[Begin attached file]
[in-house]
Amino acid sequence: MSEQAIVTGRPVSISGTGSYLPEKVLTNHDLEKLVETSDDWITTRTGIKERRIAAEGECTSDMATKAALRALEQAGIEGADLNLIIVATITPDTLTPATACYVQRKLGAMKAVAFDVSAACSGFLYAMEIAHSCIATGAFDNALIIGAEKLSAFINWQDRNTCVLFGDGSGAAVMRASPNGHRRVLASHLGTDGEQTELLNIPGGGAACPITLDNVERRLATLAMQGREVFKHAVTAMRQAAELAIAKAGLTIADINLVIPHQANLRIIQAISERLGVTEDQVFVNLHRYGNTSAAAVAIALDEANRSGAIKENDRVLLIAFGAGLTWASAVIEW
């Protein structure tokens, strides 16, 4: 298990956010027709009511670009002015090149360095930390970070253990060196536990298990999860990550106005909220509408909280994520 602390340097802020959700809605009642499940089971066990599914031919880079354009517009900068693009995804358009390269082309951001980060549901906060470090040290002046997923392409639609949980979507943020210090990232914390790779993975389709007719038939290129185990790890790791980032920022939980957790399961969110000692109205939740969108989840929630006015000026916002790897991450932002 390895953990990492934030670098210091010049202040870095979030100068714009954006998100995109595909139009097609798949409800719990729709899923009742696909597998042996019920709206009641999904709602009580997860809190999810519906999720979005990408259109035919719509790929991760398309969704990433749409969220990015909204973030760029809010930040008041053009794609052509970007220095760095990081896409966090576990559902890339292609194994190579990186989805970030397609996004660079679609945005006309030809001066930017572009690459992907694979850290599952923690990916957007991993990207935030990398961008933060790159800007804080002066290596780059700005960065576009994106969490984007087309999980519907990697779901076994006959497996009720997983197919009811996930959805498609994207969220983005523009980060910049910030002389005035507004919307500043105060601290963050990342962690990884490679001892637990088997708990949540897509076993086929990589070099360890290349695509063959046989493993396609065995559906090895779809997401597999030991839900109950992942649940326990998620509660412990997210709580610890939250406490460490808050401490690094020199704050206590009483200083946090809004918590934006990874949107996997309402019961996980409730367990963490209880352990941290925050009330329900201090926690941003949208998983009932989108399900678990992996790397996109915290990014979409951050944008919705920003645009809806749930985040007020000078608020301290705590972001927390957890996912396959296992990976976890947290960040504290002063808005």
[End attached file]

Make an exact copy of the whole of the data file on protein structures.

[in-house]
Amino acid sequence: MSEQAIVTGRPVSISGTGSYLPEKVLTNHDLEKLVETSDDWITTRTGIKERRIAAEGECTSDMATKAALRALEQAGIEGADLNLIIVATITPDTLTPATACYVQRKLGAMKAVAFDVSAACSGFLYAMEIAHSCIATGAFDNALIIGAEKLSAFINWQDRNTCVLFGDGSGAAVMRASPNGHRRVLASHLGTDGEQTELLNIPGGGAACPITLDNVERRLATLAMQGREVFKHAVTAMRQAAELAIAKAGLTIADINLVIPHQANLRIIQAISERLGVTEDQVFVNLHRYGNTSAAAVAIALDEANRSGAIKENDRVLLIAFGAGLTWASAVIEW
């Protein structure tokens, strides 16, 4: 298990956010027709009511670009002015090149360095930390970070253990060196536990298990999860990550106005909220509408909280994520 602390340097802020959700809605009642499940089971066990599914031919880079354009517009900068693009995804358009390269082309951001980060549901906060470090040290002046997923392409639609949980979507943020210090990232914390790779993975389709007719038939290129185990790890790791980032920022939980957790399961969110000692109205939740969108989840929630006015000026916002790897991450932002 390895953990990492934030670098210091010049202040870095979030100068714009954006998100995109595909139009097609798949409800719990729709899923009742696909597998042996019920709206009641999904709602009580997860809190999810519906999720979005990408259109035919719509790929991760398309969704990433749409969220990015909204973030760029809010930040008041053009794609052509970007220095760095990081896409966090576990559902890339292609194994190579990186989805970030397609996004660079679609945005006309030809001066930017572009690459992907694979850290599952923690990916957007991993990207935030990398961008933060790159800007804080002066290596780059700005960065576009994106969490984007087309999980519907990697779901076994006959497996009720997983197919009811996930959805498609994207969220983005523009980060910049910030002389005035507004919307500043105060601290963050990342962690990884490679001892637990088997708990949540897509076993086929990589070099360890290349695509063959046989493993396609065995559906090895779809997401597999030991839900109950992942649940326990998620509660412990997210709580610890939250406490460490808050401490690094020199704050206590009483200083946090809004918590934006990874949107996997309402019961996980409730367990963490209880352990941290925050009330329900201090926690941003949208998983009932989108399900678990992996790397996109915290990014979409951050944008919705920003645009809806749930985040007020000078608020301290705590972001927390957890996912396959296992990976976890947290960040504290002063808005």